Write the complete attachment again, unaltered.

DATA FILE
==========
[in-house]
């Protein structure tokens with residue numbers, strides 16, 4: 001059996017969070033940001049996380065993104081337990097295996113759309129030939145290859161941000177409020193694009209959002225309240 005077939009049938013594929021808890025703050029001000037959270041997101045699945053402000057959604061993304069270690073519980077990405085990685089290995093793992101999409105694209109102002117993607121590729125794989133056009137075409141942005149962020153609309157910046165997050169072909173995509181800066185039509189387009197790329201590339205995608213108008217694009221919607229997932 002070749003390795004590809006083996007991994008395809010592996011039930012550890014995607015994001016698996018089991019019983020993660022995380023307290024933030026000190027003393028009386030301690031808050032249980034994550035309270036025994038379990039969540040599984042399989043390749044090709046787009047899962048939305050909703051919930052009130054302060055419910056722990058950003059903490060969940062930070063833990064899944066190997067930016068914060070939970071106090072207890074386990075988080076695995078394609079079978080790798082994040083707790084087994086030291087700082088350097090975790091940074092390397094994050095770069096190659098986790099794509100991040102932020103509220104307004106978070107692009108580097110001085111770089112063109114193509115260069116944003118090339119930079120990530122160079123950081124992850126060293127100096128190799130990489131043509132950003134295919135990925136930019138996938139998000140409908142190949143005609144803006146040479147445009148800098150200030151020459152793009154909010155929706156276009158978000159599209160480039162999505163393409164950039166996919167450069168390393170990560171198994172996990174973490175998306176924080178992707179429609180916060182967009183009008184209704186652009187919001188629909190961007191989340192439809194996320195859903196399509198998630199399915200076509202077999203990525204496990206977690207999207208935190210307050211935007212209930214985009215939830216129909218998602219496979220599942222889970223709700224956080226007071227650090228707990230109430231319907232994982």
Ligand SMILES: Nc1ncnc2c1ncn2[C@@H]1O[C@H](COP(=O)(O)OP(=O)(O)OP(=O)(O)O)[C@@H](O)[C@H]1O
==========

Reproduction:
[in-house]
């Protein structure tokens with residue numbers, strides 16, 4: 001059996017969070033940001049996380065993104081337990097295996113759309129030939145290859161941000177409020193694009209959002225309240 005077939009049938013594929021808890025703050029001000037959270041997101045699945053402000057959604061993304069270690073519980077990405085990685089290995093793992101999409105694209109102002117993607121590729125794989133056009137075409141942005149962020153609309157910046165997050169072909173995509181800066185039509189387009197790329201590339205995608213108008217694009221919607229997932 002070749003390795004590809006083996007991994008395809010592996011039930012550890014995607015994001016698996018089991019019983020993660022995380023307290024933030026000190027003393028009386030301690031808050032249980034994550035309270036025994038379990039969540040599984042399989043390749044090709046787009047899962048939305050909703051919930052009130054302060055419910056722990058950003059903490060969940062930070063833990064899944066190997067930016068914060070939970071106090072207890074386990075988080076695995078394609079079978080790798082994040083707790084087994086030291087700082088350097090975790091940074092390397094994050095770069096190659098986790099794509100991040102932020103509220104307004106978070107692009108580097110001085111770089112063109114193509115260069116944003118090339119930079120990530122160079123950081124992850126060293127100096128190799130990489131043509132950003134295919135990925136930019138996938139998000140409908142190949143005609144803006146040479147445009148800098150200030151020459152793009154909010155929706156276009158978000159599209160480039162999505163393409164950039166996919167450069168390393170990560171198994172996990174973490175998306176924080178992707179429609180916060182967009183009008184209704186652009187919001188629909190961007191989340192439809194996320195859903196399509198998630199399915200076509202077999203990525204496990206977690207999207208935190210307050211935007212209930214985009215939830216129909218998602219496979220599942222889970223709700224956080226007071227650090228707990230109430231319907232994982």
Ligand SMILES: Nc1ncnc2c1ncn2[C@@H]1O[C@H](COP(=O)(O)OP(=O)(O)OP(=O)(O)O)[C@@H](O)[C@H]1O